The Golden Age of Italian documentaries is a long wave: it started with “Holy GRA” by Gianfranco Rosi, Golden Lion at Venice 2013 and continued, also thanks to Rosi, with “Fuocoammare-Fire at sea”, which first won the Golden Bear at Berlin 2016, then went on to become one of the five nominees for the Oscars in 2017.
It was fueled by phenomena like “Lost and beautiful” by Pietro Marcello, Golden Leopard at Locarno 2015, “Lousiana” by Roberto Minervini, selected at Cannes 2015 in the Un Certain Regard section and “The last Resort”, the only Italian film in the official selection at Cannes 2016. And we could add “TIR” by Alberto Fasulo which started out as a documentary to later become a drama, the winner of the Rome Film Festival 2013.
But are these international awards enough to decree the success of documentaries in Italy?
We wanted to look at this in more detail following the opening of La Compagnia cinema in Florence: a bold initiative undoubtedly made possible by the fact that it is managed by a Public Body, the Regione Toscana [Tuscan Region], but by no means cut off from the market for this reason.
Some of the gures – not so much the possibly excessive mass of documentary lm productions, but rather the growth of those distributed in movie theaters in recent years – show that a market – albeit a niche one – exists for this type of film; that it is not the same as mainstream cinema and not even just that of movie-lovers; that its identity and diffusion are solidly anchored to the territory.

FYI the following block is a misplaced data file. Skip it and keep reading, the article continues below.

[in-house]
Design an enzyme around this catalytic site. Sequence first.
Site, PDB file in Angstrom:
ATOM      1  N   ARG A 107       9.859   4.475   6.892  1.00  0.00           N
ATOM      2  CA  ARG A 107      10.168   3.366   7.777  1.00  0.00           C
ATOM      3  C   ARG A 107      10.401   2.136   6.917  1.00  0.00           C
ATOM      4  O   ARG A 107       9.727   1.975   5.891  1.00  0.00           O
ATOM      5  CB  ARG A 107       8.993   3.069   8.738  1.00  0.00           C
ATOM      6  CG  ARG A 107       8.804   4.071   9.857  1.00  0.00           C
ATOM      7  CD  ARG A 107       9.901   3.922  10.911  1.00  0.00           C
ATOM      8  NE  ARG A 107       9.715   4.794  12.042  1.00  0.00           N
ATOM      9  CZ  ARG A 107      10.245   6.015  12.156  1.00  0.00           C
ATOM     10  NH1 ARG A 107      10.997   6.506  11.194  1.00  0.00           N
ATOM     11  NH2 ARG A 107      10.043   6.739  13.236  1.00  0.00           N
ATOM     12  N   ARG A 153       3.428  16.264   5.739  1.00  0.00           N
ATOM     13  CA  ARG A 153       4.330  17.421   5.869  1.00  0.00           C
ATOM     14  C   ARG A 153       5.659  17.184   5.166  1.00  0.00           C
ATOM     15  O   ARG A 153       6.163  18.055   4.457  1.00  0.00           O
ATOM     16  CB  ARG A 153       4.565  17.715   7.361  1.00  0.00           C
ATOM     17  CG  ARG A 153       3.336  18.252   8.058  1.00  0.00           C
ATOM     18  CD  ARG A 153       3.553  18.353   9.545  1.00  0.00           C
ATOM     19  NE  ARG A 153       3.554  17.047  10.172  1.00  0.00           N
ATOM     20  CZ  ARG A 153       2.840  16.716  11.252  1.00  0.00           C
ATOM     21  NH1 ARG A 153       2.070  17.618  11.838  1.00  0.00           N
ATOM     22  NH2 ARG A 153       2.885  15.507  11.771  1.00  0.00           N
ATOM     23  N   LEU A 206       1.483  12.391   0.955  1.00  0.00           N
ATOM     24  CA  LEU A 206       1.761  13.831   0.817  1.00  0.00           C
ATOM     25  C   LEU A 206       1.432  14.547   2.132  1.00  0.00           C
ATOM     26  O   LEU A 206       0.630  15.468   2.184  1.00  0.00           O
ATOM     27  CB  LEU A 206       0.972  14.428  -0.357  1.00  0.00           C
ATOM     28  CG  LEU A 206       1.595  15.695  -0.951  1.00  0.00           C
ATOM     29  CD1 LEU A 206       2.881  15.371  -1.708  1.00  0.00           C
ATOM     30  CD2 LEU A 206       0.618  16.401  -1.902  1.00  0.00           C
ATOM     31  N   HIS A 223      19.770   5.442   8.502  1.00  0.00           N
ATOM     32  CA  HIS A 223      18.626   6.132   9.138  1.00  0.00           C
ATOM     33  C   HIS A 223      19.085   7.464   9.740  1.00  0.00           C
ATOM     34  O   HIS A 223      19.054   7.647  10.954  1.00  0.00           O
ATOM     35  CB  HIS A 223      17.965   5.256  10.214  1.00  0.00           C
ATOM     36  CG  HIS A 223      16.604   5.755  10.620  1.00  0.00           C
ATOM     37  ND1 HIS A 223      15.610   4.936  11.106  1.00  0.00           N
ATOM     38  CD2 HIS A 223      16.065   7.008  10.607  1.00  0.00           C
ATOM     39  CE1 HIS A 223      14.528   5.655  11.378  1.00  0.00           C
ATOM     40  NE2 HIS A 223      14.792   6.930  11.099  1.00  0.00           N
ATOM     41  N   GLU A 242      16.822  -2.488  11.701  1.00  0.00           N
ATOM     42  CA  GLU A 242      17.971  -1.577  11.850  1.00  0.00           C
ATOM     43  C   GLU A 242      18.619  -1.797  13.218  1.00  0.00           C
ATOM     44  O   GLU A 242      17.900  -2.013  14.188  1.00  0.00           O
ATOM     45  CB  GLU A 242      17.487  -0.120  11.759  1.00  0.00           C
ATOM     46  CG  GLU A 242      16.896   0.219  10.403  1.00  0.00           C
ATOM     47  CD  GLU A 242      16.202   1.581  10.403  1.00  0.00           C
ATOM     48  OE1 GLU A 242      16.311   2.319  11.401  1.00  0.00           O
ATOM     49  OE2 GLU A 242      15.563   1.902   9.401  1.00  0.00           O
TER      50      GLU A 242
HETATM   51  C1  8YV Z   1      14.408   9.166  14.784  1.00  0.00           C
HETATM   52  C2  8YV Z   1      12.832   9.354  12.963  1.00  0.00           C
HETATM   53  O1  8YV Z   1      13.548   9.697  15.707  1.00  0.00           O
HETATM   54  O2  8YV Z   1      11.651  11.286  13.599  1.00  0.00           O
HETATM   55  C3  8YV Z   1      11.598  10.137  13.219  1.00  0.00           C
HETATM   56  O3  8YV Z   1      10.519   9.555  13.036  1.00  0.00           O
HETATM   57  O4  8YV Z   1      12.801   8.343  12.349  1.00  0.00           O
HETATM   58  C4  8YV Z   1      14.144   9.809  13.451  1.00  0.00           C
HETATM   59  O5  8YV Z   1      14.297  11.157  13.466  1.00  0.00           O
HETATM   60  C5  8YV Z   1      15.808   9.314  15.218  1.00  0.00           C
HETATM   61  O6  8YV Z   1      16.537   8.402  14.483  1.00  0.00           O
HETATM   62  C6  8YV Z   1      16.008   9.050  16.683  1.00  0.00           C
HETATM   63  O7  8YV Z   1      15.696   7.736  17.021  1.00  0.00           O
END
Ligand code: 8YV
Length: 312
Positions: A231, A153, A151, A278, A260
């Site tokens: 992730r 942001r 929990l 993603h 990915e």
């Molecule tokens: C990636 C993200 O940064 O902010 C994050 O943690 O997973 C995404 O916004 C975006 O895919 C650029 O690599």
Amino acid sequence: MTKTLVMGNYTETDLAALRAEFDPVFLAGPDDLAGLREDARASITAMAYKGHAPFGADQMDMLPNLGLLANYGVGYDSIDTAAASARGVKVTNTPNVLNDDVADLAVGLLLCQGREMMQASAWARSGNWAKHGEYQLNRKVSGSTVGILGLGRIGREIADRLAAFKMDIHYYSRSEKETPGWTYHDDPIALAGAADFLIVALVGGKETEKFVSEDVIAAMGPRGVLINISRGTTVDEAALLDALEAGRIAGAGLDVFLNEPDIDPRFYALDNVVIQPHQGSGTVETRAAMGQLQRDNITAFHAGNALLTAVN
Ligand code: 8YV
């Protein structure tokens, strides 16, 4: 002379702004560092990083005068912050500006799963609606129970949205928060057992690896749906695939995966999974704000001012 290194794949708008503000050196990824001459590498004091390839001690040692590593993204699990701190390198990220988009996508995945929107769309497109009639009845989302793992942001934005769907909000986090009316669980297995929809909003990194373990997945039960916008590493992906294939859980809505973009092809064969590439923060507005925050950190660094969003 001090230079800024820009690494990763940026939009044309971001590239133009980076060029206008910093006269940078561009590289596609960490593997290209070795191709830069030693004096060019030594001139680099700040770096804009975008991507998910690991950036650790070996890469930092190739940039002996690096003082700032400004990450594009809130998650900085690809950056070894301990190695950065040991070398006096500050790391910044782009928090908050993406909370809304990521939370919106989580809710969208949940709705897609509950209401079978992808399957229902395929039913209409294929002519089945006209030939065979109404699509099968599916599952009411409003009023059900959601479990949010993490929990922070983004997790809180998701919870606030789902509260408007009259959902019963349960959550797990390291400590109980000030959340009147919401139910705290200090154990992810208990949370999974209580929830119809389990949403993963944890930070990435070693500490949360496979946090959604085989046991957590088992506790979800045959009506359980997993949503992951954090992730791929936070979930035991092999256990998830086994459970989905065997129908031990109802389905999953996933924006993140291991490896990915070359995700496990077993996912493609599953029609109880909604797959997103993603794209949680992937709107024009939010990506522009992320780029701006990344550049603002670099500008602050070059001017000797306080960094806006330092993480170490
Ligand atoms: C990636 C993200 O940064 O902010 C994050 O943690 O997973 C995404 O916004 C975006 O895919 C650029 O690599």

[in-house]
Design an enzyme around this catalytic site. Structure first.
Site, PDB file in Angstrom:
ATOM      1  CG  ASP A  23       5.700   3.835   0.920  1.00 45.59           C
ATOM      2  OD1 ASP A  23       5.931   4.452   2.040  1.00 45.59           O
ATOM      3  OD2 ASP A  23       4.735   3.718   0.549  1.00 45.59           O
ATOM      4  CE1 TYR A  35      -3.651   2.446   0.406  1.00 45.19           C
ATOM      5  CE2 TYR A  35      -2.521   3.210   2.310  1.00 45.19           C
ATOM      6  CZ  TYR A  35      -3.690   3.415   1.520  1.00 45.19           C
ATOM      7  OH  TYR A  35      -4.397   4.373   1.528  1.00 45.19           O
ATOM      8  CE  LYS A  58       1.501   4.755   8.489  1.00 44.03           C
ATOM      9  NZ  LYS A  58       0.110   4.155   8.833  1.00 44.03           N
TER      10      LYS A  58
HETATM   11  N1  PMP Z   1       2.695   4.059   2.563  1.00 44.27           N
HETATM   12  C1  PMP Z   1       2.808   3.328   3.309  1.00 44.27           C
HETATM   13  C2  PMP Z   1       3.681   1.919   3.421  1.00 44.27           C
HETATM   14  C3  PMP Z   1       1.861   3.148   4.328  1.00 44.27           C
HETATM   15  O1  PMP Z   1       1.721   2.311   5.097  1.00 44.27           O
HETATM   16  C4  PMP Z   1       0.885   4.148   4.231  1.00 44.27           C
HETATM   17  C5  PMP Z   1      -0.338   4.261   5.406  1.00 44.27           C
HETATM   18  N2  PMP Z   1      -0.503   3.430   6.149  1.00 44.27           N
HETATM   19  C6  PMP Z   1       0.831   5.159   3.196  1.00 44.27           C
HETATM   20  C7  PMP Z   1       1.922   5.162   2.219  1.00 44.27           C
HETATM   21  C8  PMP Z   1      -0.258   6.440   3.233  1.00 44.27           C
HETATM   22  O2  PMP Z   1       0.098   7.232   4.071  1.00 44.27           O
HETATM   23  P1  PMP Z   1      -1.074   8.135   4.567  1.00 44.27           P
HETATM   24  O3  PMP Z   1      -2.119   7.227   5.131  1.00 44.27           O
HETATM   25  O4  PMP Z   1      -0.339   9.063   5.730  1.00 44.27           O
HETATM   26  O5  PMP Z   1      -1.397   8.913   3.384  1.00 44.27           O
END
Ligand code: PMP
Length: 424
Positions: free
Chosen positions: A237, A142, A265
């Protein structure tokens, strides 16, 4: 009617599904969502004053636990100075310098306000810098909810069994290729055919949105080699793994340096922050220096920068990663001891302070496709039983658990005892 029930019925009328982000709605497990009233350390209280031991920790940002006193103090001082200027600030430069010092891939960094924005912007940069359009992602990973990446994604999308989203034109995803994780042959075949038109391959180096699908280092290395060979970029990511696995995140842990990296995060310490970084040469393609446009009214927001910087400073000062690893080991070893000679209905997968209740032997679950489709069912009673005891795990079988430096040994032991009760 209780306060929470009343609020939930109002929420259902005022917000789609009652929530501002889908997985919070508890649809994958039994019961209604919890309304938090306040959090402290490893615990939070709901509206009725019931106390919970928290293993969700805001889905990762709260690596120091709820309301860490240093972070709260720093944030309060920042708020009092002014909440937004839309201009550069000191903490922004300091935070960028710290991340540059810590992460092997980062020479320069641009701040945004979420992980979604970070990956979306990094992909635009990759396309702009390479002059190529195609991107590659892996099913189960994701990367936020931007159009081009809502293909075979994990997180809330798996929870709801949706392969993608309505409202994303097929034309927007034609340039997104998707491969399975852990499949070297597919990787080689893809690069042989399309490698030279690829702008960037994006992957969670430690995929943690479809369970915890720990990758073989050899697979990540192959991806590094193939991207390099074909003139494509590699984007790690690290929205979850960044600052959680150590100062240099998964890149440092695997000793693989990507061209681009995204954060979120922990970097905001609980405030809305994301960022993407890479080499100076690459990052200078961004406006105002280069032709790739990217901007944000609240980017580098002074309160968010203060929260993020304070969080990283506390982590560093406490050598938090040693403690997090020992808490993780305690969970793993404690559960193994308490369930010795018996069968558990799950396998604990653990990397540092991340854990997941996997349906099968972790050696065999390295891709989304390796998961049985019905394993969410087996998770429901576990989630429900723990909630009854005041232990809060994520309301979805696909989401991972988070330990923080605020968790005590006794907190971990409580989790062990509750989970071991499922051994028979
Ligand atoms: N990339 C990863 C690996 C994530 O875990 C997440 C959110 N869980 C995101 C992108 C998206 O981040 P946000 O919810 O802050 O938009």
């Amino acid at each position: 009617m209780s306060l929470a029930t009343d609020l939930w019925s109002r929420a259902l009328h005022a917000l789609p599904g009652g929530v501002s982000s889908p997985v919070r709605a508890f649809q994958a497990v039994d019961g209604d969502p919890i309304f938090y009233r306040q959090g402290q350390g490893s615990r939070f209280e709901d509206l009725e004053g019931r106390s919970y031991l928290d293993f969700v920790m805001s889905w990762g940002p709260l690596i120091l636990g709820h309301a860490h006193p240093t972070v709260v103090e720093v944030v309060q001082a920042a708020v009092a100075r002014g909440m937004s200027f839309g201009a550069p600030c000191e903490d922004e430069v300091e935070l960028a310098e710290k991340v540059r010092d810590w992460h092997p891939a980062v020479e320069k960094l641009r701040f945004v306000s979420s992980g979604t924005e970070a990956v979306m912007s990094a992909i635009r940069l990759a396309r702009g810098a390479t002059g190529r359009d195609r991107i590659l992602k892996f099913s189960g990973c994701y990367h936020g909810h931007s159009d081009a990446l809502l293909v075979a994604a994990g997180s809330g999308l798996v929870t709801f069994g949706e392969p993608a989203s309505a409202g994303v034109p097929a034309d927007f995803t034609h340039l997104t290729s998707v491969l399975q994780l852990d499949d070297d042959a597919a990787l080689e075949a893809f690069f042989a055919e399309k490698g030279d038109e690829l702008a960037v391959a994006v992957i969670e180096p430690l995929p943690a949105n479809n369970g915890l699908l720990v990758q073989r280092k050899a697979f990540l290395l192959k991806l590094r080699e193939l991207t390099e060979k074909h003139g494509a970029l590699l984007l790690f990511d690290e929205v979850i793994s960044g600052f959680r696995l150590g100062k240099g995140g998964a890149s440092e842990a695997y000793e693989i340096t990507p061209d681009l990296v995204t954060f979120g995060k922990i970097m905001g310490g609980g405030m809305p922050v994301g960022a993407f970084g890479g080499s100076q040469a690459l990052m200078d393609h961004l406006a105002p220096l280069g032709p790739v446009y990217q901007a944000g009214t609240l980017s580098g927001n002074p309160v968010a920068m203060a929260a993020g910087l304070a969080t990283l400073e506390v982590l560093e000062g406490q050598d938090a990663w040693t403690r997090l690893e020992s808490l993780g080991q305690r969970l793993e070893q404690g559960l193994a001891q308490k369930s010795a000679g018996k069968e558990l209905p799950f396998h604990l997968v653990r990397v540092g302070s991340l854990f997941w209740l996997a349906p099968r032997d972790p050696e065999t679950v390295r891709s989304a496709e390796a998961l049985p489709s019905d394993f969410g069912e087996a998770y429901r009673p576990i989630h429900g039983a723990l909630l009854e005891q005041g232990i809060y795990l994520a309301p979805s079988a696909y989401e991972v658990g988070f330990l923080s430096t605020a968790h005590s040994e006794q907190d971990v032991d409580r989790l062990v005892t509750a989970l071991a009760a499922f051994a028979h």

From here came the decision to carry out a “reconnaissance” of the regions (not all of them, and we apologize for that, but we will be returning to this topic and will fill in any gaps), having confirmed the close links between internationality and local identity, and having verified the inadequacy of traditional distribution methods.
So far Italian documentaries have chalked up their successes by traveling through international Festivals.
They are the interpreters of an innovative thrust, they have the potential to make new audiences – or audiences that no longer go to the cinema – emerge or re-emerge.
How are they doing this? We try to understand .